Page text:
One of the most peculiar characteristic of this project is the ability to go over obstacles by jumping over them.
Image the first astronaut on Mars, who has to face low and medium craters to fulfill the mission. The astronaut has two choices: descend the crater or go round it; however in this way two precious resources could be wasted: time and oxygen. There is a third option: jumping over it.
How can this structure actually jump?
One example comes from nature: the salticidae spider. This tiny spider is able to jump over 40-80 times its dimensions when hunting. The unique jumping mode of this spider was described in the article “The jumping mechanism of salticidae spiders" written by D.A.Perry and R.H.J.Brown in 1959. The article explains that the fourth pair of legs is provided with a efficient celom hydraulic system from which the jump originates. The celom liquid pression variates throughout the leg during the jump : it rises in its joints and decreases in the rest of the leg. Torques in spider’s joints are generated as a result of this game of compression and depression.
In addition Perry and Brown demonstrated the direct proportionality between the liquid pression and the torques developed from it.
Another article describes a mechanical system inspired by spider’s biological one. C.Menon and C.Lira, authors of “Active articulation for future space applications inspired by the hydraulic system of spiders” , 2006, introduced a solution called “Smart Stick” .
The “Smart Stick” is a device which is able to carry out torques by exploiting the fluid pression variation inside it.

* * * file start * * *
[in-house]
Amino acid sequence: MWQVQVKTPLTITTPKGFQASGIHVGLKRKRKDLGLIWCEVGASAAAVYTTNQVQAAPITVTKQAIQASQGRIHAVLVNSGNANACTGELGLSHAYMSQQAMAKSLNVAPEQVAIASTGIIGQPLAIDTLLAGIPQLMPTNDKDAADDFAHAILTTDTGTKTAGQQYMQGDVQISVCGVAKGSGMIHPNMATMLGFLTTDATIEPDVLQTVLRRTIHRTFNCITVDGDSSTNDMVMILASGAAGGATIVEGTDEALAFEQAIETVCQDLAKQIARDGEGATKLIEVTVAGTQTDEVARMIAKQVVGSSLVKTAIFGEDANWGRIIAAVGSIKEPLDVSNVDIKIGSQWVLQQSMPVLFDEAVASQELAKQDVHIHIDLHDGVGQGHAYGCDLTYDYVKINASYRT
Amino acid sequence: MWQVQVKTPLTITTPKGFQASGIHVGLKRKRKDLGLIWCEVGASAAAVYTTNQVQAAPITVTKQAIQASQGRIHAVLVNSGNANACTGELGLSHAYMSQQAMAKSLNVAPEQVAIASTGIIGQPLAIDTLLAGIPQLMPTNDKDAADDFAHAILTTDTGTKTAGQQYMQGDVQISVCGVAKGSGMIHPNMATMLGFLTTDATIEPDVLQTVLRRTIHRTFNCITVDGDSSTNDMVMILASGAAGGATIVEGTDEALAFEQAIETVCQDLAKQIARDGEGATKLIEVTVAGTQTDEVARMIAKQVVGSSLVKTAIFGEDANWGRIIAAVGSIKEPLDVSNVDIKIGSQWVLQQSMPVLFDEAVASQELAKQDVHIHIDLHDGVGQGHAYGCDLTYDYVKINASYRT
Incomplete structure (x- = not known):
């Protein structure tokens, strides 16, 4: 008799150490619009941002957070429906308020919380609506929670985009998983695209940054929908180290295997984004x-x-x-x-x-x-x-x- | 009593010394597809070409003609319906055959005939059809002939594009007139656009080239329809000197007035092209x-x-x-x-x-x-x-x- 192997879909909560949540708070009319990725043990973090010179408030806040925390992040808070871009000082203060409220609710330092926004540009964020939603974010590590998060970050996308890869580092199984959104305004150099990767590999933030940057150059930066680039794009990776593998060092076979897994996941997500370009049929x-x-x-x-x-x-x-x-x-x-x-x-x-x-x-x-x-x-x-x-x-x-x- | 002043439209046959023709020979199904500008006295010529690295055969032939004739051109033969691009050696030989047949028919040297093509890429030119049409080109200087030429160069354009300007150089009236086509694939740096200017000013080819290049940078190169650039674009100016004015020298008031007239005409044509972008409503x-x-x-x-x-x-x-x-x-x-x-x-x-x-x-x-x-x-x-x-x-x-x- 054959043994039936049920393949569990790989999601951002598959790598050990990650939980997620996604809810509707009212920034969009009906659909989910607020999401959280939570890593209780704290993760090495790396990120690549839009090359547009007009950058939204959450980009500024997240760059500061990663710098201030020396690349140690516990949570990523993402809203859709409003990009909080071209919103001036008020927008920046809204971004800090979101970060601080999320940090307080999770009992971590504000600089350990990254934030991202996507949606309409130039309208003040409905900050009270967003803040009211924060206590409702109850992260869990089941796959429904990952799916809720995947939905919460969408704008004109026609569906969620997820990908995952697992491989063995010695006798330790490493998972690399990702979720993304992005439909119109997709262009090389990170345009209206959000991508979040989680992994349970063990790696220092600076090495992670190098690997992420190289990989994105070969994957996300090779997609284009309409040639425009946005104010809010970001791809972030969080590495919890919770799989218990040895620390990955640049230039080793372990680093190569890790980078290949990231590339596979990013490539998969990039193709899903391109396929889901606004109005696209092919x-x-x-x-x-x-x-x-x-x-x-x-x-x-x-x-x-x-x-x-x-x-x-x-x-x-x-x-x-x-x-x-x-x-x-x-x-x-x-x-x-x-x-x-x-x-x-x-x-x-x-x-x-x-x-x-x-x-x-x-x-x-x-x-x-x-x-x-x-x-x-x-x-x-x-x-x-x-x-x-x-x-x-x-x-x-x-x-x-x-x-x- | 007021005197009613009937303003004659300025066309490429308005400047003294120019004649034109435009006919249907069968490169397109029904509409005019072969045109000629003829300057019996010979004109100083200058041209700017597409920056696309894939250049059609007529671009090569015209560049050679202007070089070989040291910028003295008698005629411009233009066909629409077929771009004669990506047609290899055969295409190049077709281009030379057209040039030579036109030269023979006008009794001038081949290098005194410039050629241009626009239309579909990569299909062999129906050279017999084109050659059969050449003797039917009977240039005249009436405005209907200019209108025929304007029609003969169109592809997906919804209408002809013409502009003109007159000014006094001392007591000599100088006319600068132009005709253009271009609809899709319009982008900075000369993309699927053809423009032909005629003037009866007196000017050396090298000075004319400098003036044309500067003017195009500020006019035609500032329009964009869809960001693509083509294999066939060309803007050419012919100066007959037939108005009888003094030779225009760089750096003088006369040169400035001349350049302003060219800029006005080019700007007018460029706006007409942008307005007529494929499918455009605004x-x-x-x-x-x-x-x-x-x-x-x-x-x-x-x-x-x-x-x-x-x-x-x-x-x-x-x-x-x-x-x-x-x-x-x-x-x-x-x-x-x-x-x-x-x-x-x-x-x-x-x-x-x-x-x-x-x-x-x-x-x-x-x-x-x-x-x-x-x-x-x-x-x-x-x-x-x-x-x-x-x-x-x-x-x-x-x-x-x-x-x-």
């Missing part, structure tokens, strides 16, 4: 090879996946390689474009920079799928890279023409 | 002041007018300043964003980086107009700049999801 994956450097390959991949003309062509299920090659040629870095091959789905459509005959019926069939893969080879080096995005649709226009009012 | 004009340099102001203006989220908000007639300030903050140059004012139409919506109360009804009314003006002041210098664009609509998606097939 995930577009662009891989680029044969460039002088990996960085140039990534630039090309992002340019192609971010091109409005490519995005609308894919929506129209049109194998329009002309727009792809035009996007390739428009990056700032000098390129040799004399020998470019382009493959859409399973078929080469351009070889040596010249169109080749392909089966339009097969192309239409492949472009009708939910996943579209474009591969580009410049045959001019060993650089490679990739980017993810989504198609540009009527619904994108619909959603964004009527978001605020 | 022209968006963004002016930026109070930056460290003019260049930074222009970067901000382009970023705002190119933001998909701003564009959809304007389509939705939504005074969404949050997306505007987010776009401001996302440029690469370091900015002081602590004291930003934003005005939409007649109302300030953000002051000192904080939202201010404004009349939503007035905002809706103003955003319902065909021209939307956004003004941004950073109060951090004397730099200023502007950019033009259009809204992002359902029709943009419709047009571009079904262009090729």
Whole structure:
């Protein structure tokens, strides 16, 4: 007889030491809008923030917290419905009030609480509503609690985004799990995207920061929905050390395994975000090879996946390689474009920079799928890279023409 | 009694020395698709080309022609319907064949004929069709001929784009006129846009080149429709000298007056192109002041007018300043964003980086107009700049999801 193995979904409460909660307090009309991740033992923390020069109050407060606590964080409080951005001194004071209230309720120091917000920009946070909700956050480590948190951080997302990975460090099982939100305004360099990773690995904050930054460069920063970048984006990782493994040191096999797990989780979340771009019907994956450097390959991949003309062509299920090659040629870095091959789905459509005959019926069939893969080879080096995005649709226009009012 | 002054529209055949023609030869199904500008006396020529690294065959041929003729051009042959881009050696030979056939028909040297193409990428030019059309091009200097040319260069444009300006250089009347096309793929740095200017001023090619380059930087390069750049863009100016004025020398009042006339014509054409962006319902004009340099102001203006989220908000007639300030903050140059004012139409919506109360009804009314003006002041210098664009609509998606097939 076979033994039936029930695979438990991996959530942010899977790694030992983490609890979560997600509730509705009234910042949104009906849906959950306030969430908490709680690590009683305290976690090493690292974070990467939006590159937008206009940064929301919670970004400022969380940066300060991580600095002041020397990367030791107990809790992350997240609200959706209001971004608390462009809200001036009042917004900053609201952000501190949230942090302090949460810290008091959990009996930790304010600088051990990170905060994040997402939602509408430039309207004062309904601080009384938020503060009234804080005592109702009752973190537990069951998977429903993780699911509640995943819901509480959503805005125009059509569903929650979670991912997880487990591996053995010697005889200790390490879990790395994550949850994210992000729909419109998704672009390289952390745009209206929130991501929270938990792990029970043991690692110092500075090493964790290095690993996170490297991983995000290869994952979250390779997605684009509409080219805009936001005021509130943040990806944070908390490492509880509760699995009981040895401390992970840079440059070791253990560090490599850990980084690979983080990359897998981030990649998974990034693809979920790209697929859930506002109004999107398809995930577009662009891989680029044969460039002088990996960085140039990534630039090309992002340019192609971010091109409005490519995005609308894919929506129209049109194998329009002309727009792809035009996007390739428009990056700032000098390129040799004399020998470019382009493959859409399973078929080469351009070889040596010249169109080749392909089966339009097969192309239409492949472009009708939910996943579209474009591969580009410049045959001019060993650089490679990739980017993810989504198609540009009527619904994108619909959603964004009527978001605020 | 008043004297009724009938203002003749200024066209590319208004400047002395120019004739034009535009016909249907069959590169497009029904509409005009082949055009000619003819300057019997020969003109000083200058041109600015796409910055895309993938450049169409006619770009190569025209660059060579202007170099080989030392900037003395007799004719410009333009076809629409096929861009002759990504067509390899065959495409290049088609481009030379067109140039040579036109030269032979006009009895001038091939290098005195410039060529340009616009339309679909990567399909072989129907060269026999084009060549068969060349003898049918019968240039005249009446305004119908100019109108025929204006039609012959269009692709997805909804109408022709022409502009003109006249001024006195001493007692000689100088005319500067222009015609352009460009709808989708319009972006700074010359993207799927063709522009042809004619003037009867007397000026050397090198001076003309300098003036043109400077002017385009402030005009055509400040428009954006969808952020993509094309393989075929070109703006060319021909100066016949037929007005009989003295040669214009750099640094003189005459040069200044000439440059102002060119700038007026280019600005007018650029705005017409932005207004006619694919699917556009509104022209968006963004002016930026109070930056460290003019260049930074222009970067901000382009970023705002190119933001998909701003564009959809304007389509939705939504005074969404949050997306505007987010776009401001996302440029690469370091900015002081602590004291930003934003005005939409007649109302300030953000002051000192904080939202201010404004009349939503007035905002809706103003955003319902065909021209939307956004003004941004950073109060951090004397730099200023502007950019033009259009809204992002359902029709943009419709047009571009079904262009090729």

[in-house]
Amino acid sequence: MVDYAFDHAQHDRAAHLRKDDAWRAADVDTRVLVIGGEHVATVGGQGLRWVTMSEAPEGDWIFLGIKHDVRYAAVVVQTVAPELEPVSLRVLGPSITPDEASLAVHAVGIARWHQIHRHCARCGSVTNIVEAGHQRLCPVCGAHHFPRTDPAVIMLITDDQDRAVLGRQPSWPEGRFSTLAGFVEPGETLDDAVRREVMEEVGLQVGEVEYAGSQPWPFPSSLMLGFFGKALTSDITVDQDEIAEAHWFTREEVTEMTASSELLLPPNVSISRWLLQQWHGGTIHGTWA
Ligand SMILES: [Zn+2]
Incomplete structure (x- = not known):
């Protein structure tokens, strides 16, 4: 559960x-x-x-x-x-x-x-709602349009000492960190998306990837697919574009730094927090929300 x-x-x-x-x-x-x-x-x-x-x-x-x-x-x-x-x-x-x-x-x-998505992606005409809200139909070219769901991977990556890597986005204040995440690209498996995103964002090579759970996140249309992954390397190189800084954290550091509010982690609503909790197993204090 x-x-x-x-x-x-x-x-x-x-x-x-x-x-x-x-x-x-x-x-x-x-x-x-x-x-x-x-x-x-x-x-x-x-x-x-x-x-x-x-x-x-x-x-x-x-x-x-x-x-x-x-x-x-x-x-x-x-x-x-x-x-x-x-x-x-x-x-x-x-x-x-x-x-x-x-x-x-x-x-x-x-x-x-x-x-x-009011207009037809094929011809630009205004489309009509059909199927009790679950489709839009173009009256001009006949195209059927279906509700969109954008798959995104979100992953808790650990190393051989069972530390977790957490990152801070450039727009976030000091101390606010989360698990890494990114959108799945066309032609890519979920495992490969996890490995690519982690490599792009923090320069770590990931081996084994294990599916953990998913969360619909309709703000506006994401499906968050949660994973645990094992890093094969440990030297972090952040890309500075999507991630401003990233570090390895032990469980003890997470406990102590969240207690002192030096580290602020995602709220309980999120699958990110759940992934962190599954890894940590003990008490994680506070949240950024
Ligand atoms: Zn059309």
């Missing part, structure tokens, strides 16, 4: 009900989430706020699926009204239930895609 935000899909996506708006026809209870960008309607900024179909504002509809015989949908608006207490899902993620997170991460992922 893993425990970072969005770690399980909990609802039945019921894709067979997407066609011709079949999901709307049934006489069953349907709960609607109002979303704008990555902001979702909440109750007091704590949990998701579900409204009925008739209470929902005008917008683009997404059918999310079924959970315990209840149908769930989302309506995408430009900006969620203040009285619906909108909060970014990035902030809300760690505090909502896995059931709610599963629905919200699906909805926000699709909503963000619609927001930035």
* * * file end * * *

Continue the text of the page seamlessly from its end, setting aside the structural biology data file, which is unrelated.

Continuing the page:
Then, the authors explain the direct proportionality between pression variation inside the fluidic actuators and strain angle θ generated from it, and so the direct proportionality between the pressions involved in the process and the torques expressed by the structure.
This demonstrates that this mechanical system can be compared to the biological one of the salticidae spider.
The mechanism is now described below. The jump action can be divided in two phases:
The controller has got twenty four registers, six registers each joint. Among these six registers, three partecipates to the raising-legs phase and three partecipates to the loosening-lages phase.
Now let’s consider the whole process, relative to the single joint and the single phase.
In fact the process will repeat in the same way for all joints and phases, and only the register which have to be used from the controller will change.
What happens to the first joint on top during the raising-legs phase? The astronaut emulates the jump action by raising his legs and in this way the elastic filaments wrapped around his legs are deformed. The deformation is sent to the controller by sensors, organized along the supports that connect the belt and platforms.